little too slavishly, but in all else he is T'he specimens of the American po- purely American; and this it is which ets, which have been announced, will makes him stand out with so bold and be selected by Mr. Roscoe, son of the single a prominence. It is to be hopBiographer of the Medici family. Ited that Mr. Roscoe will give us, awill be a curious thing to receive sam- mong the rest, a specimen or two of ples of foreign poetry, in the language the more recent poetry of Mr. Alston, in which they were originally written, the painter, for surely his muse cannot and that language our
own mother have been idle since his return to Amertongue. Little is known here of Amer ica. His sonnet on Rembrandt was ican poetry, except the epic of Mr. Jo- first-rate.
ON THE DETERIORATION OF MAN AND BEAST.
(From the same.)
THERE is in fact nothing very phi- or parent stock all, or any of these ani
losophical in the supposed notions mals, human or brute, may have oirgiof animals in a state of nature being inally sprung, each has long since been ever deteriorated by that same climate enabled, by a wise provision of nature, in which, and for which they were pro- to assimilate its attributes to the qualiduced. The various climates of the ties of the climate, in which it was desearth, and the various tribes of animals tined to live, move, and have its being. which live under their influence, are Had it been incompetent to effect or reciprocally fitted for each other; and undergo such'assimilation, it would then it is only by confusedly combining the indeed have deteriorated; that is to qualities of an animal formed for one say, it would have died. But creatures country, with those of another formed of all kinds, whether irrational or intelfor a totally different one, that the lectual, prefer the other alternative, notidea of deterioration can arise in the withstanding its being attended with mind. The same observation may be some occasional inconveniences. equally applied to the numerous varie- we admire the stim smooth elegance of ties or races of each kind.
the Italian greyhound, and regard the The Laplander is not a deteriorated rough shaggy coat of the dog of Nova Asiatic of the Mongolian or Caucasian Zembla, as a deterioration, let iis reline, any more than the Georgian or member that that which is the delight Circassian is a highly refined Laplan- of the one, would be the death of the der; neither is the Shetland pony a other; and what would then become of deteriorated Arabian courser, any more that forlorn agriculturist, whose business than the steed of Araby is a thorough- it is to drill the ice, and to forrow the bred Sbelty. From whatever country sņow? The small stature and peculiar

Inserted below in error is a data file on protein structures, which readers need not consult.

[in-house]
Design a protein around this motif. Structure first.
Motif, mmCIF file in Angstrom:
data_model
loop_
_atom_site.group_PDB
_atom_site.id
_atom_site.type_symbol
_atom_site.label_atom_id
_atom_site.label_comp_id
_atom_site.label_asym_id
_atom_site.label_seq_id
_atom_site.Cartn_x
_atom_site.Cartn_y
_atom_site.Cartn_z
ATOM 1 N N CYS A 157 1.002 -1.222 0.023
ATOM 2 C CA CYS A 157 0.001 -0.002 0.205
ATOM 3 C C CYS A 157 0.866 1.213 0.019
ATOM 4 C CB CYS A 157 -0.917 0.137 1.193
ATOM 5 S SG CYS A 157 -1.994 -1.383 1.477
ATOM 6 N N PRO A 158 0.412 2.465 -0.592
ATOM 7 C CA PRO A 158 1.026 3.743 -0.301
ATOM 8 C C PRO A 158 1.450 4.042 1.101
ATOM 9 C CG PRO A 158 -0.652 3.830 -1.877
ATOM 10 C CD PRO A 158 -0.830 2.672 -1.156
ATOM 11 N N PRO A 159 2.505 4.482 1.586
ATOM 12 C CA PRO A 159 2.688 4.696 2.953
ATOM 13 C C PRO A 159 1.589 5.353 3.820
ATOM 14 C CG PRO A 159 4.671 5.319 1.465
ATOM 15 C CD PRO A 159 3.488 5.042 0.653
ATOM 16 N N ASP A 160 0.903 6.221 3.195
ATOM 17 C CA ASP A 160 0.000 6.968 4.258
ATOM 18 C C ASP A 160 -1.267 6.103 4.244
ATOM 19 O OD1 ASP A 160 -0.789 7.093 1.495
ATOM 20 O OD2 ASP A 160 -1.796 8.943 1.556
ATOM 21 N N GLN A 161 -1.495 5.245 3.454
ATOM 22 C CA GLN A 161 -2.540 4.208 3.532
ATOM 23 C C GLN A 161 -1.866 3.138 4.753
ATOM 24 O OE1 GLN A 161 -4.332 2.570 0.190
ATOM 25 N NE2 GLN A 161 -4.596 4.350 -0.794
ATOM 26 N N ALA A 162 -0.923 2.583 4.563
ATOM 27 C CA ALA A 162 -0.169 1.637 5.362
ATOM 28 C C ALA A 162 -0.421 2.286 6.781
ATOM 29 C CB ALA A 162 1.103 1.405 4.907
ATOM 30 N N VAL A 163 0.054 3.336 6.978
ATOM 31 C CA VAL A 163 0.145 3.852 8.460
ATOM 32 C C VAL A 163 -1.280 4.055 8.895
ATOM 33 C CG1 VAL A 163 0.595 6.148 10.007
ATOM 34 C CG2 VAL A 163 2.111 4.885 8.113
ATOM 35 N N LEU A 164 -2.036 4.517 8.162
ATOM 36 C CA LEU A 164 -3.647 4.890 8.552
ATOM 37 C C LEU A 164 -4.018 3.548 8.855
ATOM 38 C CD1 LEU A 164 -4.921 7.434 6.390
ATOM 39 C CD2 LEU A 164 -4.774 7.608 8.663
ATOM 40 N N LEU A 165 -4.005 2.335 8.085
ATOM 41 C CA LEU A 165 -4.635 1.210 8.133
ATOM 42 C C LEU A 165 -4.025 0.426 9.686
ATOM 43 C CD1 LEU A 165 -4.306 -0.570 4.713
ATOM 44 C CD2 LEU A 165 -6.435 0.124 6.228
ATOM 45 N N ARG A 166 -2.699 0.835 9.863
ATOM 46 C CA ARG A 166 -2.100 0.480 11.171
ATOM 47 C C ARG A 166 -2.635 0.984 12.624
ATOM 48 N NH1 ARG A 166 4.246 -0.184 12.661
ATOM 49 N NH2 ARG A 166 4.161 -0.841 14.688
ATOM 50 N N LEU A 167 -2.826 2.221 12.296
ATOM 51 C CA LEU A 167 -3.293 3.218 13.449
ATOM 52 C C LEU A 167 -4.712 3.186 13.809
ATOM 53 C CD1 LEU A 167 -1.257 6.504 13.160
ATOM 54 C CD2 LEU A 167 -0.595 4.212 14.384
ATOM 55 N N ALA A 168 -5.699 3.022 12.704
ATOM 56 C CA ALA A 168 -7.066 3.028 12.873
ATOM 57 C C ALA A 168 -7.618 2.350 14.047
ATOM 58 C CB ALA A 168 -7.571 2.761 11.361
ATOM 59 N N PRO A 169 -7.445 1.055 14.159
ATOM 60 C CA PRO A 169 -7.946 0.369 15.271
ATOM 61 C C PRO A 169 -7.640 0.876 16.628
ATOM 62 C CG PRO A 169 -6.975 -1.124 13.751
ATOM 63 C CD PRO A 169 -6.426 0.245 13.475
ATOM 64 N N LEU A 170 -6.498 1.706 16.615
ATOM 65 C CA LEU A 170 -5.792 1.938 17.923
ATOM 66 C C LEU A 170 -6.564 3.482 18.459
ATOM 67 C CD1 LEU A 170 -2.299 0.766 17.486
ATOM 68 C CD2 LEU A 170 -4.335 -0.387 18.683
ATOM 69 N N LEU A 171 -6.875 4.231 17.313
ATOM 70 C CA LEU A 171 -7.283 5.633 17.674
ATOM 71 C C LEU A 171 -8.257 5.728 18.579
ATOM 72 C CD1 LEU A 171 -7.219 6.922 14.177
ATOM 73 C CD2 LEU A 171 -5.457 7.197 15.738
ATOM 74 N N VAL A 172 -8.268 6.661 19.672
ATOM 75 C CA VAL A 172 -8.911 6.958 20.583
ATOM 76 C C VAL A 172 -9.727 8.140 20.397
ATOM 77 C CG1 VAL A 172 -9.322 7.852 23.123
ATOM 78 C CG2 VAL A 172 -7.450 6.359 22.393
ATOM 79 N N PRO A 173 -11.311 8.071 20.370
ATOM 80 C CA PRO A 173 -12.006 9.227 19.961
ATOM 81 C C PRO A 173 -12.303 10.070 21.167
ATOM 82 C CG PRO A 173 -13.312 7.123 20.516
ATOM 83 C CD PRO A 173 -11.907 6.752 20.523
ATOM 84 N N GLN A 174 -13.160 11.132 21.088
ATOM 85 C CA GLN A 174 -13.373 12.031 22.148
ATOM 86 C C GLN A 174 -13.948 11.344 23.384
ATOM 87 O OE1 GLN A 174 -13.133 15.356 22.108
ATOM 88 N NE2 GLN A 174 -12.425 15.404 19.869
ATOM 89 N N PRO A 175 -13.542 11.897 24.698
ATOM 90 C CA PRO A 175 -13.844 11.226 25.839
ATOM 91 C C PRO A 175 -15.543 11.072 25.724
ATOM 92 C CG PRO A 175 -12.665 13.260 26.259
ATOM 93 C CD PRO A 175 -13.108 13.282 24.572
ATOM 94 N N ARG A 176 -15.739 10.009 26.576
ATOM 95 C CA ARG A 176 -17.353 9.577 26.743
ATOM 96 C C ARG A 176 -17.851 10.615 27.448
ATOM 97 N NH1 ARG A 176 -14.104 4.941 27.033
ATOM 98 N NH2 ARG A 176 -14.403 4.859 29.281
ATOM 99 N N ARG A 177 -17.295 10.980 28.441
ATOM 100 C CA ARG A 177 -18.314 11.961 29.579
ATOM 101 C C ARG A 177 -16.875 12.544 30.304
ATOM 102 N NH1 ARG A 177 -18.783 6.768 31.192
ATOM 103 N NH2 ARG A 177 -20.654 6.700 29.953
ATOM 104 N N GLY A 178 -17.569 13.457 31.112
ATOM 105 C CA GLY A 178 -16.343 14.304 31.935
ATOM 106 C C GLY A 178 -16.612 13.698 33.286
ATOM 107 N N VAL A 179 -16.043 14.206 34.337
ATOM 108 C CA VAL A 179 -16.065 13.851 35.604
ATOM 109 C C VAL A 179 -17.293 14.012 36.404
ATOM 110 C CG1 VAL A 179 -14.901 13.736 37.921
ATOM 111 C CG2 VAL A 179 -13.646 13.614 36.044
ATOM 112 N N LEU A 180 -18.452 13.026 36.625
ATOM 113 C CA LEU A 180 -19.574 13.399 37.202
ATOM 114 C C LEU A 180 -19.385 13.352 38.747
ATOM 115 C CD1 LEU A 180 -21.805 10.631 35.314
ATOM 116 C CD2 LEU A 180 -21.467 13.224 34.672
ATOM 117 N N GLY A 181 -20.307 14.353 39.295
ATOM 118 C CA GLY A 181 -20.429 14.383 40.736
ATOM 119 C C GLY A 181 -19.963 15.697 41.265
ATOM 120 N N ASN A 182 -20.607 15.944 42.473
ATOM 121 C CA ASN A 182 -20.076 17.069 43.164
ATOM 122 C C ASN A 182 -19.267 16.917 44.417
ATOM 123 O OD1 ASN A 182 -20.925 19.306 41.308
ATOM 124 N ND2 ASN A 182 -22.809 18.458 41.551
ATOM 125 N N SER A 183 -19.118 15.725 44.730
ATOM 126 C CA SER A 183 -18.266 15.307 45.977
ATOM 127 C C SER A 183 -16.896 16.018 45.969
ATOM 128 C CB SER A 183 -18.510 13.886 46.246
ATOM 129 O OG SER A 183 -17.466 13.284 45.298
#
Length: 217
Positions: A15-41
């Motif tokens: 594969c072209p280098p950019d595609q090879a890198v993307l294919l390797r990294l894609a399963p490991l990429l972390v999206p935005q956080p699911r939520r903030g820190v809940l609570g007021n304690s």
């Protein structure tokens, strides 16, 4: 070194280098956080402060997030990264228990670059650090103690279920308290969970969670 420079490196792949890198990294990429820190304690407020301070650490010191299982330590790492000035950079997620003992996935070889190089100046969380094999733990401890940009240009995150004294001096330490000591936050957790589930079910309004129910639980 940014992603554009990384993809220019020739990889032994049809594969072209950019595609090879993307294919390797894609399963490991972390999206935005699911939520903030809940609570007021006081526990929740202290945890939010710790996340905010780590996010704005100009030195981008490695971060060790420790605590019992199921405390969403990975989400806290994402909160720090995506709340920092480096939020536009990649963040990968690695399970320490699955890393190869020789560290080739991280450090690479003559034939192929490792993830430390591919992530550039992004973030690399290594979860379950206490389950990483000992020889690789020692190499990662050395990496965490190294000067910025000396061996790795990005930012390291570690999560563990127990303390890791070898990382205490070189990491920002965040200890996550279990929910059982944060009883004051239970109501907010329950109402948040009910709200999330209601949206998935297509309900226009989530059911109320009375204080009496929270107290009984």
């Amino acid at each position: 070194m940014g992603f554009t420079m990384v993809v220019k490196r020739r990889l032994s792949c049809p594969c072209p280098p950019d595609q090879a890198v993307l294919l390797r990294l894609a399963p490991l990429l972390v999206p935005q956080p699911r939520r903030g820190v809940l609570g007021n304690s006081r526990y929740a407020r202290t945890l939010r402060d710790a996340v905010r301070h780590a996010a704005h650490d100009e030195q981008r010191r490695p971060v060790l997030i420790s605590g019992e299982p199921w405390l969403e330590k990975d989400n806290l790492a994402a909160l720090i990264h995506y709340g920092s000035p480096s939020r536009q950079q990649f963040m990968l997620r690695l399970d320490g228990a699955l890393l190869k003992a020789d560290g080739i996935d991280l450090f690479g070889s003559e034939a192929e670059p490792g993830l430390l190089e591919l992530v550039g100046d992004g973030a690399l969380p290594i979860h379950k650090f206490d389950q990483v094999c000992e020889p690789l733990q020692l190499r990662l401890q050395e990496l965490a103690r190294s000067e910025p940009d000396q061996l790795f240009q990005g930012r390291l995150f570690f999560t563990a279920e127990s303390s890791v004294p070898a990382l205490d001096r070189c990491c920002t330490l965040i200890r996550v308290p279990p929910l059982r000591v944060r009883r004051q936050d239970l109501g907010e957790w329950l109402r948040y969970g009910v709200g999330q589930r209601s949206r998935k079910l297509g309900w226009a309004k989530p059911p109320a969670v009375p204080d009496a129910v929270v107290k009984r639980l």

habits of the northern Nomadian, with in matters gastronomical, as your more the curry-comb-despising hide and short taper-limbed Frenchman or Italian limbs of the afore-mentioned Shelty, when he titivates a stewed ortolan, rewould have been as little fitted to sus- posing in the purer juice of the olive. tain the fiery breath or shifting sands Nor is it a whit more rational for the of an eastern desert, as an inhabitant of one to abhor what he regards as the Arabia, with his more stately steed, the foul feeding of the other, than it would cold and cloudy clime, and the rugged be for that other to despise the overand precipitous mountains of Lapland refinement of his more luxurious fellow. and Thule. Therefore, each exists in creature. The olive and the ortolan the best and most improved state, ac- neither flourish nor flit among the snows cording to the nature of its particular of Greenland, nor does the polar bear calling, and is not deteriorated. ramble among the cypress groves, or
A similar observation is also appli- the northern whale flounder along the cable to many of the tastes and propen- balmy shores of the “ Saturnia Tellus.” sities of the human mind and body, But where to find that happiest spot below, which are too often regarded by us as
Who can direct, when all pretend to know the results of grossness or refinement, The shuddering tenant of the frigid zone in proportion as they remove from or Boldly proclaims that happiest spot his own; approach towards that ideal standard Extols the treasures of his stormy seas, of perfection, which sometimes natural, The naked negro, panting at the line,
And his long night of revelry and ease. but more frequently artificial circum- Boasts of his golden sands, and palmy wine, have erected as our criterion of judg- Basks in the glare, or stems the tepid wave, ment. Your Esquimaux, when he And thanks his gods for all the good thes swallows a bit of polar bear’s fat dipt in whale oil, is as much a man of taste
BEAUTIES OF THE OLD BALLAD.